Bob’s back with a column this week. Much of it is devoted to what a waste of time and money  it was to verify the residency of the students using our public schools. I disagree (and $25,000, not Horton’s “hundreds of thousands of dollars” were expended on the effort) because, like Peter Sherr, I kept receiving inquiries about the issue from residents convinced that we are educating half of Port Chester. Sherr said, repeatedly, that it was important to keep the trust of taxpayers that the BOE be perceived as a careful guardian of their money , spending it wisely and well, and therefore it was imperative that the board answer these rumors. I agree: not every rumor demands a response, but this one did.

In my opinion. Horton disagrees, and that’s fine. But he then turns his attention to the real issue underlying the residency verification: racial redistricting, and thats where he loses me.

The doctrine of “separate but equal” schools that enforced segregation around the country has been discredited [“illegal”, actually, not just “discredited”- Ed]

for more than 60 years, so the idea of racial imbalance school laws seems anachronistic in 2013 [and racial imbalance is connected to enforced segregation how? – Ed].

And while there may be no causal relationship [another way to put that is that there is no study showing a connection; “may be” is a weasel term for “is no” – Ed]

the fact is that the town’s most underperforming schools are the very ones with racially imbalanced school populations [they are also the schools with the poorest children and the highest percentage of non-English speakers – could that be the issue here, rather than the absence of a sufficient number of whites and Asians in those classrooms?- Ed] 

The state has been telling Greenwich for at least 10 years that some schools violated state enrollment guidelines, and it has taken no significant enforcement action. So this is hardly the heavy hand of the state coming down on the school that some people claim. [The state has held off “enforcement action” to date, and now it’s threatening again. That sounds like the heavy hand of the state coming to interfere with our schools, unless Horton is saying that the latest salvo from Hartford is just an empty threat – that’d be okay with Greenwich citizens, but it seems unlikely to be Horton’s meaning – he wants action, now, and the state seems poised to grant his wish. Ed]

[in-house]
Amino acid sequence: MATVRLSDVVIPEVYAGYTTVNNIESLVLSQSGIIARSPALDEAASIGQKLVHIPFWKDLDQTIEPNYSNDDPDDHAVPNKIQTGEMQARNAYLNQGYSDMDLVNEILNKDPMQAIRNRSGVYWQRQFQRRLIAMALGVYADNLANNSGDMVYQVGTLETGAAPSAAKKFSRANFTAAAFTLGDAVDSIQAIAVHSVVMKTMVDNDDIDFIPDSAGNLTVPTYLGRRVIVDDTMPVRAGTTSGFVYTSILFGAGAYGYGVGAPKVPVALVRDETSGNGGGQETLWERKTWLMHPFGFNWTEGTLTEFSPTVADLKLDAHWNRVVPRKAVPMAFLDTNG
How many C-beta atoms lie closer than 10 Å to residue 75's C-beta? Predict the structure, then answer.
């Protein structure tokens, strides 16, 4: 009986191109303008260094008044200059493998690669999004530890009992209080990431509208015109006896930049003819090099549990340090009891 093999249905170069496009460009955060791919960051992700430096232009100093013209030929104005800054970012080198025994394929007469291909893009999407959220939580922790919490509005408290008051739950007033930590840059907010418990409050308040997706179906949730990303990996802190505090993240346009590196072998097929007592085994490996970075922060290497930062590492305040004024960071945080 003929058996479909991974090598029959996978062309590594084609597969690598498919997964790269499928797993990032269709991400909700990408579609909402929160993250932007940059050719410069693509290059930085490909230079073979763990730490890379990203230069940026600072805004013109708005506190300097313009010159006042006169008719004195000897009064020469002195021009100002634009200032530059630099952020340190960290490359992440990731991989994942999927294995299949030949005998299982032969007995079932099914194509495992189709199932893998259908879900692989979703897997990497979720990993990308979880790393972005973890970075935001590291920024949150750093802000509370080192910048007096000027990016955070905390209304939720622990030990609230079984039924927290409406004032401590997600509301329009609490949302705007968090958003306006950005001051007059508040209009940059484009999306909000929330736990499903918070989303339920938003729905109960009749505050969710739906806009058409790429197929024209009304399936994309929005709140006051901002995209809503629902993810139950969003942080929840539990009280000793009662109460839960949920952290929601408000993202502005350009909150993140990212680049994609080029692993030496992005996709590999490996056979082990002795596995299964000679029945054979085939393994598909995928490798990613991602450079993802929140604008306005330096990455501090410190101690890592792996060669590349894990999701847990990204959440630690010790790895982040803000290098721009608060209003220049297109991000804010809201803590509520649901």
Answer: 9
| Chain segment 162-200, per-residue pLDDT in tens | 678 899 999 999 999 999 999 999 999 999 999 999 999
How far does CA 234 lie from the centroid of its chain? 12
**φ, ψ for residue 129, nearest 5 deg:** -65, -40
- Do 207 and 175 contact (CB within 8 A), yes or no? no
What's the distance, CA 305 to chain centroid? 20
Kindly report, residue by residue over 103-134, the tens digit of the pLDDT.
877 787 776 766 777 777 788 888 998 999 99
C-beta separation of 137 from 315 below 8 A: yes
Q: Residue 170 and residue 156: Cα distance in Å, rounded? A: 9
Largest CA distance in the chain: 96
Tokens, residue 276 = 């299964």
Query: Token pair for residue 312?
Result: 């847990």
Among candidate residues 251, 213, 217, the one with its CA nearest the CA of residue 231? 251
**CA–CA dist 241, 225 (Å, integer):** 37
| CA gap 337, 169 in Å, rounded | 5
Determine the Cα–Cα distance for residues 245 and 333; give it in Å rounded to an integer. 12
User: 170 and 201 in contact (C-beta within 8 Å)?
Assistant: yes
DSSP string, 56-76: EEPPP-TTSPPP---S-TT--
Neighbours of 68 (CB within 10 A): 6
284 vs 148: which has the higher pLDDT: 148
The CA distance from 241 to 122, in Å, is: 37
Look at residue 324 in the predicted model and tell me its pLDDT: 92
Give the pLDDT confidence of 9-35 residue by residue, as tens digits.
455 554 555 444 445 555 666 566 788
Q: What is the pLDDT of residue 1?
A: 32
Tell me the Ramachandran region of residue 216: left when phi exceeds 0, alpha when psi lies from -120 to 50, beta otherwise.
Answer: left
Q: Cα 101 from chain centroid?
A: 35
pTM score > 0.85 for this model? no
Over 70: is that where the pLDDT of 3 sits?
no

Those who hold the position that town schools should be exempt from the law would stand on much firmer ground if they could point to a multi-year, consistent, effective program to bring these schools up to the same performance level of other schools in town. [The argument against complying with the state’s demand is twofold: by the statute’s own language, the two affected schools are what the law terms “special schools” with open enrollment and other features and are thus exempt from the law’s racial balance requirements, and the law itself is unconstitutional under federal law. There’s no argument being made that we’re exempt because we’ve been engaged in an “effective program to bring these schools up” – we probably have, but that’s not the argument – Horton is employing a straw man here – Ed]

Instead, the school board over the years has tried a variety of half-baked programs the results of which are that the so-called student achievement gap has grown, not decreased. [The percentage of poor and non-English speaking students in those schools has also doubled in that same period. Coincidence? Horton says “yes”, I think not. – Ed

Ten years should have been enough time to achieve meaningful improvements in student achievement. [ Why? How, if the cause of the imbalance is poverty, as the state’s insistence on counting the number of children eligible for a free lunch suggests are we to bring about meaningful improvement? Are we back to adding white bodies to the classroom again? ? (Only  liberals, by the way, think that there is such a thing as a free lunch, but I digress – Ed]

The state seems to have no desire to force a solution on the town, but at some point it cannot continue to ignore the disparity in student achievement. The school board should commit the district’s considerable educational talent and resources to making the racially imbalanced schools beacons of excellence [back to conflating lack of achievement with racial imbalance, with nothing to connect the two except a general, good-hearted belief that mixing black and Hispanic kids with white kids and Asians is “good”, and that the failure to achieve that must be “bad”. Since lack of equal achievement is also “bad”, to Horton, the two must be related. To paraphrase a great Australian statesman, two wrongs don’t make a white].